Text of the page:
If you landed on this page, you’ve probably garnered an interest in game development, and have been looking for a beginner friendly, no-nonsense introduction into it. This post will be one of three posts, where I explore the absolute basics of Unity game development. There will be no focus on building anything concrete yet, instead we will be diving into the environment, the concepts and some coding basics. let’s start.
Getting Unity, and opening the editor
If you have already installed the Unity editor, you can skip this step and have a look at the tools it has to offer. Otherwise, I would advise you to start by installing the Unity Hub.
Unity Hub is a great tool for organizing your projects and Unity installations. Out of the box, it allows you to create or open projects in specific Unity versions, install different versions, or even explore some tutorial projects and tools.
Unity Hub allows you to have multiple installations side by side, and open your projects with the version of your choice at the click of a button. It also features learning resources, as well as community resources in case you want to explore the possibilities.
When installing a Unity version of your choice (I would recommend the latest stable version), don’t worry about the features too much just yet. You might be inclined to install the tools you need for a mobile game, or cross platform, or add language packs, but you don’t need to do that just yet. It’s possible to go back later and add those features if you like, but for now, let’s just focus on exploring the editor itself.
After the installation is complete, go ahead and create a project. In the Unity Hub, go to the “Projects” tab, and click “New Project” on the top right. Here, you have a whole bunch of options to choose from. Personally, I’m a fan of making 3D games, so I’ll pick 3D core, or 3D HDRP if I want fancy visuals out the box, but this can also be added later on.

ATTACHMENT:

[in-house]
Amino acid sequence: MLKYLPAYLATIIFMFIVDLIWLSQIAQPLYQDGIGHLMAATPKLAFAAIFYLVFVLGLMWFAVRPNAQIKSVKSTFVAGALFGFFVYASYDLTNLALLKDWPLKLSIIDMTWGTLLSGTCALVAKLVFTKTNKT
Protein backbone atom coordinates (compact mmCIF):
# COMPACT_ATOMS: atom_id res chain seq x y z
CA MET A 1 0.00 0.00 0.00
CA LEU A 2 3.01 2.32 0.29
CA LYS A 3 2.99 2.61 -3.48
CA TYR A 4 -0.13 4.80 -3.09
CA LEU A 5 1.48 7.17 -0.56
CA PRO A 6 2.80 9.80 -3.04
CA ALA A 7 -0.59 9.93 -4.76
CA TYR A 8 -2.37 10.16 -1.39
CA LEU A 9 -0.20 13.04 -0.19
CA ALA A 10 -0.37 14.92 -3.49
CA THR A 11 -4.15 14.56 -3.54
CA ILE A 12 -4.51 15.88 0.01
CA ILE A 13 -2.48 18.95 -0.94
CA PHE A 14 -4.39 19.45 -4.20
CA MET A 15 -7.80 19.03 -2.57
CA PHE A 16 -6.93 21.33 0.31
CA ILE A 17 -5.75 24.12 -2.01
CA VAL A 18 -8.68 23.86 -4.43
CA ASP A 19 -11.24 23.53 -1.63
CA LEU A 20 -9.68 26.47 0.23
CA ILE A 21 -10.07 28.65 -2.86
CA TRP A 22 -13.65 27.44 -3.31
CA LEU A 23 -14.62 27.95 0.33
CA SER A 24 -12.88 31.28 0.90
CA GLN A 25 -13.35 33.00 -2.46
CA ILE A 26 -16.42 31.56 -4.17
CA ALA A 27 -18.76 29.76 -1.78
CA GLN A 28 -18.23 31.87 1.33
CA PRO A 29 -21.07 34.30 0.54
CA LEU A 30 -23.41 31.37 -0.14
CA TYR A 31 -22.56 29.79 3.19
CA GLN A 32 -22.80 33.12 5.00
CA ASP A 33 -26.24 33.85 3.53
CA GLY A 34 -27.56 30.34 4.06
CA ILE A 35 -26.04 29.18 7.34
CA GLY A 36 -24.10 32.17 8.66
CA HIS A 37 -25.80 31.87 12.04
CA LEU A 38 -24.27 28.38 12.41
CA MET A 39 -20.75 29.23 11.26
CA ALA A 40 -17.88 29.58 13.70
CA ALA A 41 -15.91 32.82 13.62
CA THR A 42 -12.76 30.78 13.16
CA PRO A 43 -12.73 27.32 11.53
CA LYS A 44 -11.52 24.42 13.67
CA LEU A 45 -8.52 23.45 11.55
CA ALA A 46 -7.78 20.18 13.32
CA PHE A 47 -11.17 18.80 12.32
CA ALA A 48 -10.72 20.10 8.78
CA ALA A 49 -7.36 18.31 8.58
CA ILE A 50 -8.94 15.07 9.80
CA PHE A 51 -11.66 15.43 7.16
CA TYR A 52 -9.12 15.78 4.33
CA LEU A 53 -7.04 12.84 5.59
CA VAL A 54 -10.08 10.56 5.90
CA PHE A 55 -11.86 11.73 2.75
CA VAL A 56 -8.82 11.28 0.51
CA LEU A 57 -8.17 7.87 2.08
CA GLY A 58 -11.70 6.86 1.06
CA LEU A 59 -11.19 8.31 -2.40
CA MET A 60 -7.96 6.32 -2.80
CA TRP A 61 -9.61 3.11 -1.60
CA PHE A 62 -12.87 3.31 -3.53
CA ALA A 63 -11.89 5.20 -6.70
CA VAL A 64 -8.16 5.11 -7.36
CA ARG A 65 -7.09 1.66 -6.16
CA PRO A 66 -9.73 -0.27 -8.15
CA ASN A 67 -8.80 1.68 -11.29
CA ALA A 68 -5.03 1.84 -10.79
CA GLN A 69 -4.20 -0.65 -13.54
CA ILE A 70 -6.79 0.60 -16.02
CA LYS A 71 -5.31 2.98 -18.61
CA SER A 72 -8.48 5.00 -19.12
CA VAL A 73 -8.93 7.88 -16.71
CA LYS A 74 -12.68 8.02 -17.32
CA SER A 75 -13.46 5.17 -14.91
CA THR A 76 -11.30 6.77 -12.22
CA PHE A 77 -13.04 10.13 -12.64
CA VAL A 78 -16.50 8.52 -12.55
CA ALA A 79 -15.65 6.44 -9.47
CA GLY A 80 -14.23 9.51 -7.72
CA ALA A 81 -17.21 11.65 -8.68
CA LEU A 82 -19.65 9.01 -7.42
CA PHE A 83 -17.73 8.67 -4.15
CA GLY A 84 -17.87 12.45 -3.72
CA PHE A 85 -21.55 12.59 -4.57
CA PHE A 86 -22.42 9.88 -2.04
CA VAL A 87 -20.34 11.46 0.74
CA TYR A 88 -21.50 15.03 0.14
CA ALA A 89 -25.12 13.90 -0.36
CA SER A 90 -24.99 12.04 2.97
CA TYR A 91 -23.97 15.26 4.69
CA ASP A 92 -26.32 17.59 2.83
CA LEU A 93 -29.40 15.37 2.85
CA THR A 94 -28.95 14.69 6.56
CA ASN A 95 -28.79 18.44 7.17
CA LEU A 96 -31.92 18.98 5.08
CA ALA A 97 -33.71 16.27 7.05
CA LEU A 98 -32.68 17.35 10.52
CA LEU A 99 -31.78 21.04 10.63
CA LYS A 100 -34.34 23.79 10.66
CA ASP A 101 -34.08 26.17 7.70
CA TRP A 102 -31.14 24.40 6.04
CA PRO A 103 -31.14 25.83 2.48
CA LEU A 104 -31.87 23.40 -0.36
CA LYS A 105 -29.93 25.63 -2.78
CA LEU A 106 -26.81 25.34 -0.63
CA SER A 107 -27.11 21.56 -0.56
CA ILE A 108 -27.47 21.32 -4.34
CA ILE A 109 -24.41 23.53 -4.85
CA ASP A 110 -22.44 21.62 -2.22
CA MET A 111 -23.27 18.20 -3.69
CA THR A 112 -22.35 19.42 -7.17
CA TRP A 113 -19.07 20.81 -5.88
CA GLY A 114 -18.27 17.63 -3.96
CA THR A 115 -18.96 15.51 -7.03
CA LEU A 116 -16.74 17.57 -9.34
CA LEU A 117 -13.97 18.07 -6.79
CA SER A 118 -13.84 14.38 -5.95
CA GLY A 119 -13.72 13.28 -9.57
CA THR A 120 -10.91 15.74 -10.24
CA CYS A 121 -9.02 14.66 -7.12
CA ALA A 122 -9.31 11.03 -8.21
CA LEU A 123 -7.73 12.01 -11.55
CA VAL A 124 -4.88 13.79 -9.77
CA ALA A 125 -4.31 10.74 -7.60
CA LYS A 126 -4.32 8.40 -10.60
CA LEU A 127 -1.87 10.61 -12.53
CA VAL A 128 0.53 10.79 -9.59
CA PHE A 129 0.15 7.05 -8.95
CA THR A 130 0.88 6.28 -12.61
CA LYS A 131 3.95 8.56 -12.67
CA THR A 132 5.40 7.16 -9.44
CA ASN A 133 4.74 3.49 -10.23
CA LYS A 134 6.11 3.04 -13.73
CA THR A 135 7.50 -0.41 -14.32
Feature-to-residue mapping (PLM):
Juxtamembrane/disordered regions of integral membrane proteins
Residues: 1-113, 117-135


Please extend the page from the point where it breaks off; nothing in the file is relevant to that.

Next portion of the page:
If you want, there’s some cool starter templates you can download as well, such as the third person and first person templates, or even a racing game. These can be opened and played out the box so you can immediately get some hands on experience.
When you open the editor, you’ll be greeted with some panels with the most used tools. The most noticable ones here, are the Game and Scene views.
The Game view is a view that you’ll be using if you want to test out your game. You can’t use it to edit anything on the screen, but once you hit the play button, it will act like you are in the game already. This way, you don’t need to export the game and launch it separately each time you want to test your changes. This view will show you what your game world looks like from the perspective of the active game camera, a.k.a. the player.
The Scene view on the other hand, is the view where you will edit your game. Here you can move, rotate or scale stuff, add or delete things, or even manipulate objects while the game is running.
If you want to look around, you can right click and move the mouse. This will rotate the camera. If you want to zoom in and out, use the scroll wheel and if you want to move the camera itself, hold down the scroll wheel while moving the mouse around.